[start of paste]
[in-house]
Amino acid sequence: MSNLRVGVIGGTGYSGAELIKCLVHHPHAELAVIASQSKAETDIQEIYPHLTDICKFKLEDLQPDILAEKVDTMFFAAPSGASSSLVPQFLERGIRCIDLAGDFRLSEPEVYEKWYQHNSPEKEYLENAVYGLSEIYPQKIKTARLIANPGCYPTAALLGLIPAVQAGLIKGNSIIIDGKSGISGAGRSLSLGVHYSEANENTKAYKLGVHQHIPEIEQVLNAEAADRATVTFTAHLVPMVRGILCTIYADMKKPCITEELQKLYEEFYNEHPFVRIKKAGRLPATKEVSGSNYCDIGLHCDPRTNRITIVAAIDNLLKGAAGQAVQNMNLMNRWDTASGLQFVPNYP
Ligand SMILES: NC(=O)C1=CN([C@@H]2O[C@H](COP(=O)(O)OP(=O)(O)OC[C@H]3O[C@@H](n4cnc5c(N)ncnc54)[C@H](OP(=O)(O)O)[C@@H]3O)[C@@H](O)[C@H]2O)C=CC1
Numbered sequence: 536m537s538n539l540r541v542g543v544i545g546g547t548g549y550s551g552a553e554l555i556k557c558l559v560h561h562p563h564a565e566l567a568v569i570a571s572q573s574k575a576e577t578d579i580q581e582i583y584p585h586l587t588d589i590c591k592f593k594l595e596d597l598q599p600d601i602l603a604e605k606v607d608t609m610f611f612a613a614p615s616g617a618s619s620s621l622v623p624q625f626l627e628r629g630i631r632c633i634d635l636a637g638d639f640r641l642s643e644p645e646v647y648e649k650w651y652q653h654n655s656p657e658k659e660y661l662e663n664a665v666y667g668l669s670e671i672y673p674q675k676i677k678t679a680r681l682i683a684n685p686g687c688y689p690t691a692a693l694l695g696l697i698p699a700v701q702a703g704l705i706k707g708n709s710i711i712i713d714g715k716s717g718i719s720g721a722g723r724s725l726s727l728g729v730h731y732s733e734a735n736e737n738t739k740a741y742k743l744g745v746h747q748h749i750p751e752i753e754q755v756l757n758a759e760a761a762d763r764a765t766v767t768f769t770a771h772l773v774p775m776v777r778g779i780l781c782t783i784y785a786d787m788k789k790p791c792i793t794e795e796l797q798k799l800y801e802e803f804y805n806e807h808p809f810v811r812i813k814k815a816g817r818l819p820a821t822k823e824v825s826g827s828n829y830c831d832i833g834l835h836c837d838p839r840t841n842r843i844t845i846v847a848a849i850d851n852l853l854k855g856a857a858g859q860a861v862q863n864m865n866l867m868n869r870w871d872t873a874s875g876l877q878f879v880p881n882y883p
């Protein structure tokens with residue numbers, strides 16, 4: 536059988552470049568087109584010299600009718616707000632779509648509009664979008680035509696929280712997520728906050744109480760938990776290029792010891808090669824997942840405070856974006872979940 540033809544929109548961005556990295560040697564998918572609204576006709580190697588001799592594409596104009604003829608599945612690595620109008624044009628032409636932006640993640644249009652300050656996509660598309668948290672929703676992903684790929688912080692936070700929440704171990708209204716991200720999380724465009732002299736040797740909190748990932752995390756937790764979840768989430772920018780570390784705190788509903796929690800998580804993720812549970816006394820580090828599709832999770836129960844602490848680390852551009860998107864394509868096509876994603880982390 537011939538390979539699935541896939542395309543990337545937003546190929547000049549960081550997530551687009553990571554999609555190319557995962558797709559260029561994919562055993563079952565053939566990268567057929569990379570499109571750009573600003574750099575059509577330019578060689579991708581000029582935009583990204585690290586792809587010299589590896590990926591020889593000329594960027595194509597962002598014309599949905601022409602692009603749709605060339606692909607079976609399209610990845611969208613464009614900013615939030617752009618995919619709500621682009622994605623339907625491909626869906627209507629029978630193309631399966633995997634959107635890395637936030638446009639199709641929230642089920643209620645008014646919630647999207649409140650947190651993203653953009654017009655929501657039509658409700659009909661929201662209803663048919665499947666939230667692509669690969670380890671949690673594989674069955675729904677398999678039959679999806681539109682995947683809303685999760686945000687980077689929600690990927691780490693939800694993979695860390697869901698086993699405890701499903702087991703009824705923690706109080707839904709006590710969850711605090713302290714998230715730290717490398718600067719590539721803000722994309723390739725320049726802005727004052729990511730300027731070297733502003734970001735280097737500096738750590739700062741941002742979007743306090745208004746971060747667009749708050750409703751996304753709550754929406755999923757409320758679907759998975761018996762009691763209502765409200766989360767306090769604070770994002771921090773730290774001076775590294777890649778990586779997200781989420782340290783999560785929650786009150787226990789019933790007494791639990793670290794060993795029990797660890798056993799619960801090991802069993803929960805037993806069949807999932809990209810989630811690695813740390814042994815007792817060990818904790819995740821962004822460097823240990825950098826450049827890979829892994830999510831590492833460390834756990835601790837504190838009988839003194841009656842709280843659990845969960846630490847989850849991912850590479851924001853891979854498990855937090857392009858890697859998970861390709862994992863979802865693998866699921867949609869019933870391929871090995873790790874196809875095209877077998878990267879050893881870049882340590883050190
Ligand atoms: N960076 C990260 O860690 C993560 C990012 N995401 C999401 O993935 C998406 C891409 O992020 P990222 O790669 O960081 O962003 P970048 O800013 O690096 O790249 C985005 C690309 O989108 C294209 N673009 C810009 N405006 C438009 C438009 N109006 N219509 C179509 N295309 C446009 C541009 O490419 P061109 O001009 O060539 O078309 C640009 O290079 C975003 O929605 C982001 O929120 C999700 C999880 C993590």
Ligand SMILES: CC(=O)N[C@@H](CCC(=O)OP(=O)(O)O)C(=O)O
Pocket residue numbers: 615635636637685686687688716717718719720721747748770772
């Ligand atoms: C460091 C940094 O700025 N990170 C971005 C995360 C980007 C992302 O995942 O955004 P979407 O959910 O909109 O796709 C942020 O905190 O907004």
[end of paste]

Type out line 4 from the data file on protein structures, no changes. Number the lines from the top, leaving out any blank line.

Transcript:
Numbered sequence: 536m537s538n539l540r541v542g543v544i545g546g547t548g549y550s551g552a553e554l555i556k557c558l559v560h561h562p563h564a565e566l567a568v569i570a571s572q573s574k575a576e577t578d579i580q581e582i583y584p585h586l587t588d589i590c591k592f593k594l595e596d597l598q599p600d601i602l603a604e605k606v607d608t609m610f611f612a613a614p615s616g617a618s619s620s621l622v623p624q625f626l627e628r629g630i631r632c633i634d635l636a637g638d639f640r641l642s643e644p645e646v647y648e649k650w651y652q653h654n655s656p657e658k659e660y661l662e663n664a665v666y667g668l669s670e671i672y673p674q675k676i677k678t679a680r681l682i683a684n685p686g687c688y689p690t691a692a693l694l695g696l697i698p699a700v701q702a703g704l705i706k707g708n709s710i711i712i713d714g715k716s717g718i719s720g721a722g723r724s725l726s727l728g729v730h731y732s733e734a735n736e737n738t739k740a741y742k743l744g745v746h747q748h749i750p751e752i753e754q755v756l757n758a759e760a761a762d763r764a765t766v767t768f769t770a771h772l773v774p775m776v777r778g779i780l781c782t783i784y785a786d787m788k789k790p791c792i793t794e795e796l797q798k799l800y801e802e803f804y805n806e807h808p809f810v811r812i813k814k815a816g817r818l819p820a821t822k823e824v825s826g827s828n829y830c831d832i833g834l835h836c837d838p839r840t841n842r843i844t845i846v847a848a849i850d851n852l853l854k855g856a857a858g859q860a861v862q863n864m865n866l867m868n869r870w871d872t873a874s875g876l877q878f879v880p881n882y883p